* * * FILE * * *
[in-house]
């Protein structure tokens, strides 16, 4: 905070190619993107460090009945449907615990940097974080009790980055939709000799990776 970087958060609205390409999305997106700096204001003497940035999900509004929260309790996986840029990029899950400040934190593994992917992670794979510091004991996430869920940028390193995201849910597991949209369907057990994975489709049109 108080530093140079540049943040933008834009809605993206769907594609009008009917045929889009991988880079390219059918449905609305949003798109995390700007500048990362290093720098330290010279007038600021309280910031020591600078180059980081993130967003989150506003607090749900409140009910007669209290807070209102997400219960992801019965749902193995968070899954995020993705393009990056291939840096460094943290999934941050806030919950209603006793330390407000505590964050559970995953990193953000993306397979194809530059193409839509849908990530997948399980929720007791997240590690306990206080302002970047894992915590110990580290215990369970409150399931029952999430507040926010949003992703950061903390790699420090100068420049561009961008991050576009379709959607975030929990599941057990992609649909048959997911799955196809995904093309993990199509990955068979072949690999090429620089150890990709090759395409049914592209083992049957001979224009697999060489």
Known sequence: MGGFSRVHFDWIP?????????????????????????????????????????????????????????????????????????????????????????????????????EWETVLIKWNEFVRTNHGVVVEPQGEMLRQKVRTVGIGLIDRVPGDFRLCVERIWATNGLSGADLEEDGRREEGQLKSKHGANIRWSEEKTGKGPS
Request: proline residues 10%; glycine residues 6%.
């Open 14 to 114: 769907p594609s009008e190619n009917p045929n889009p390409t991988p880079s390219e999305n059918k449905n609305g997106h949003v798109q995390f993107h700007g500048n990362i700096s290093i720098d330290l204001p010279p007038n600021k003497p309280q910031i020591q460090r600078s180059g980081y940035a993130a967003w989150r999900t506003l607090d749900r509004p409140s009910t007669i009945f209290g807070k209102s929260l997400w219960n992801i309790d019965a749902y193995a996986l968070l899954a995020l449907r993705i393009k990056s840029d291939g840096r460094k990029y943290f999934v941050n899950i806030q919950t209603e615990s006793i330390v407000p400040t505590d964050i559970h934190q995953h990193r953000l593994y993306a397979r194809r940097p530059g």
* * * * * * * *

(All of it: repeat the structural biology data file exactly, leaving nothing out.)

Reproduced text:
[in-house]
């Protein structure tokens, strides 16, 4: 905070190619993107460090009945449907615990940097974080009790980055939709000799990776 970087958060609205390409999305997106700096204001003497940035999900509004929260309790996986840029990029899950400040934190593994992917992670794979510091004991996430869920940028390193995201849910597991949209369907057990994975489709049109 108080530093140079540049943040933008834009809605993206769907594609009008009917045929889009991988880079390219059918449905609305949003798109995390700007500048990362290093720098330290010279007038600021309280910031020591600078180059980081993130967003989150506003607090749900409140009910007669209290807070209102997400219960992801019965749902193995968070899954995020993705393009990056291939840096460094943290999934941050806030919950209603006793330390407000505590964050559970995953990193953000993306397979194809530059193409839509849908990530997948399980929720007791997240590690306990206080302002970047894992915590110990580290215990369970409150399931029952999430507040926010949003992703950061903390790699420090100068420049561009961008991050576009379709959607975030929990599941057990992609649909048959997911799955196809995904093309993990199509990955068979072949690999090429620089150890990709090759395409049914592209083992049957001979224009697999060489």
Known sequence: MGGFSRVHFDWIP?????????????????????????????????????????????????????????????????????????????????????????????????????EWETVLIKWNEFVRTNHGVVVEPQGEMLRQKVRTVGIGLIDRVPGDFRLCVERIWATNGLSGADLEEDGRREEGQLKSKHGANIRWSEEKTGKGPS
Request: proline residues 10%; glycine residues 6%.
């Open 14 to 114: 769907p594609s009008e190619n009917p045929n889009p390409t991988p880079s390219e999305n059918k449905n609305g997106h949003v798109q995390f993107h700007g500048n990362i700096s290093i720098d330290l204001p010279p007038n600021k003497p309280q910031i020591q460090r600078s180059g980081y940035a993130a967003w989150r999900t506003l607090d749900r509004p409140s009910t007669i009945f209290g807070k209102s929260l997400w219960n992801i309790d019965a749902y193995a996986l968070l899954a995020l449907r993705i393009k990056s840029d291939g840096r460094k990029y943290f999934v941050n899950i806030q919950t209603e615990s006793i330390v407000p400040t505590d964050i559970h934190q995953h990193r953000l593994y993306a397979r194809r940097p530059g």